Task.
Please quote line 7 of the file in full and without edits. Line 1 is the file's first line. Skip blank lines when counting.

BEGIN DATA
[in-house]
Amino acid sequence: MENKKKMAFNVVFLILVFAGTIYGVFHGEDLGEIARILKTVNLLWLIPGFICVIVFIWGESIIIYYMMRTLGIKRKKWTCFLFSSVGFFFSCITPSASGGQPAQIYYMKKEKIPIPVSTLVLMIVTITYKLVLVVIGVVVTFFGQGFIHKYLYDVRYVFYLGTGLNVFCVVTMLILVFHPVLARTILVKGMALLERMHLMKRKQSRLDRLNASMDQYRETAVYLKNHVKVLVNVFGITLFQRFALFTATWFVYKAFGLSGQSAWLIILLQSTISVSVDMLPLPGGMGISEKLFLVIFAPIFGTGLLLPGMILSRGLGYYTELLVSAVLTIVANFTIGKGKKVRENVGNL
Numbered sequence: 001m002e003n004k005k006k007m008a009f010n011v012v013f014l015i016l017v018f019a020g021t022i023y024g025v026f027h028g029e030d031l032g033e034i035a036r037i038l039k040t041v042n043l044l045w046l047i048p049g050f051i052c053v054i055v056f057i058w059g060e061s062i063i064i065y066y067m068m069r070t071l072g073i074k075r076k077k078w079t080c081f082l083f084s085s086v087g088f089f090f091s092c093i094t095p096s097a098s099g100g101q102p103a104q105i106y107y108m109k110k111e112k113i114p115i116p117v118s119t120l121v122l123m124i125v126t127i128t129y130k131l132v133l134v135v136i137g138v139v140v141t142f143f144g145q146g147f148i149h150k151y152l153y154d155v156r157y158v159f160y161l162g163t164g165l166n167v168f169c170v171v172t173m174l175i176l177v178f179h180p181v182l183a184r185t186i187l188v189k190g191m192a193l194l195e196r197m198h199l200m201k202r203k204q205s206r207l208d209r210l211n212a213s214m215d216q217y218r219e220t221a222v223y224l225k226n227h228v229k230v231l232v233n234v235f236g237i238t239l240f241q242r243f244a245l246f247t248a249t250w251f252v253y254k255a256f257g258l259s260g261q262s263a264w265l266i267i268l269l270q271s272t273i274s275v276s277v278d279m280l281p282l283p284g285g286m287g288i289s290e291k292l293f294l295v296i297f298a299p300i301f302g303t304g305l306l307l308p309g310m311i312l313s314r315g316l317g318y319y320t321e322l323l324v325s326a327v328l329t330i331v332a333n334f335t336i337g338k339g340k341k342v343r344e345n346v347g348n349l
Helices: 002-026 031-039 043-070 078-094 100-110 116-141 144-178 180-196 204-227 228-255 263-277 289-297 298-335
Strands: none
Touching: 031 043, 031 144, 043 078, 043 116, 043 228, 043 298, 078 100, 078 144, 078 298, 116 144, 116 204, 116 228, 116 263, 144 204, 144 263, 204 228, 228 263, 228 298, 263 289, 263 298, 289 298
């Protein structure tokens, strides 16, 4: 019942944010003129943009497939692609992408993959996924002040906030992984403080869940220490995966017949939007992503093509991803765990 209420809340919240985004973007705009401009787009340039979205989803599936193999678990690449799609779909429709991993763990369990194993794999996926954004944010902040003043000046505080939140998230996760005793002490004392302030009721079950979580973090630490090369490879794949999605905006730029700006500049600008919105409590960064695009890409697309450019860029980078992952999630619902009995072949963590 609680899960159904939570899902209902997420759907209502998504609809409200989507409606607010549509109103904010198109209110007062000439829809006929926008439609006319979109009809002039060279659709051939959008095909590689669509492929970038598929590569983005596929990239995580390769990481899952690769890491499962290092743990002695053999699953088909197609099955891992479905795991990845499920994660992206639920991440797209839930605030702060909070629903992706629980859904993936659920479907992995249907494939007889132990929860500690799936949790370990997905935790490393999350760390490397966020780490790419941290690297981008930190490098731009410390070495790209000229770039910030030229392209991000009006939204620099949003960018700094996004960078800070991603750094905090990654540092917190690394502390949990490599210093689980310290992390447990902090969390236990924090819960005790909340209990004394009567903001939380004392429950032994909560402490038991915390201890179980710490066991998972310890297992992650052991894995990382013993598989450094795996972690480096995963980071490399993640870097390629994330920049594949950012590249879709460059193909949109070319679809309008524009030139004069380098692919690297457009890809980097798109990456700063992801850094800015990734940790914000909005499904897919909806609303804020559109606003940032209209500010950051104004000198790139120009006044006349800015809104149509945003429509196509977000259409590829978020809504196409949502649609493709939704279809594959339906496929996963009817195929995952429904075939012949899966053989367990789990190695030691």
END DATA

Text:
């Protein structure tokens, strides 16, 4: 019942944010003129943009497939692609992408993959996924002040906030992984403080869940220490995966017949939007992503093509991803765990 209420809340919240985004973007705009401009787009340039979205989803599936193999678990690449799609779909429709991993763990369990194993794999996926954004944010902040003043000046505080939140998230996760005793002490004392302030009721079950979580973090630490090369490879794949999605905006730029700006500049600008919105409590960064695009890409697309450019860029980078992952999630619902009995072949963590 609680899960159904939570899902209902997420759907209502998504609809409200989507409606607010549509109103904010198109209110007062000439829809006929926008439609006319979109009809002039060279659709051939959008095909590689669509492929970038598929590569983005596929990239995580390769990481899952690769890491499962290092743990002695053999699953088909197609099955891992479905795991990845499920994660992206639920991440797209839930605030702060909070629903992706629980859904993936659920479907992995249907494939007889132990929860500690799936949790370990997905935790490393999350760390490397966020780490790419941290690297981008930190490098731009410390070495790209000229770039910030030229392209991000009006939204620099949003960018700094996004960078800070991603750094905090990654540092917190690394502390949990490599210093689980310290992390447990902090969390236990924090819960005790909340209990004394009567903001939380004392429950032994909560402490038991915390201890179980710490066991998972310890297992992650052991894995990382013993598989450094795996972690480096995963980071490399993640870097390629994330920049594949950012590249879709460059193909949109070319679809309008524009030139004069380098692919690297457009890809980097798109990456700063992801850094800015990734940790914000909005499904897919909806609303804020559109606003940032209209500010950051104004000198790139120009006044006349800015809104149509945003429509196509977000259409590829978020809504196409949502649609493709939704279809594959339906496929996963009817195929995952429904075939012949899966053989367990789990190695030691």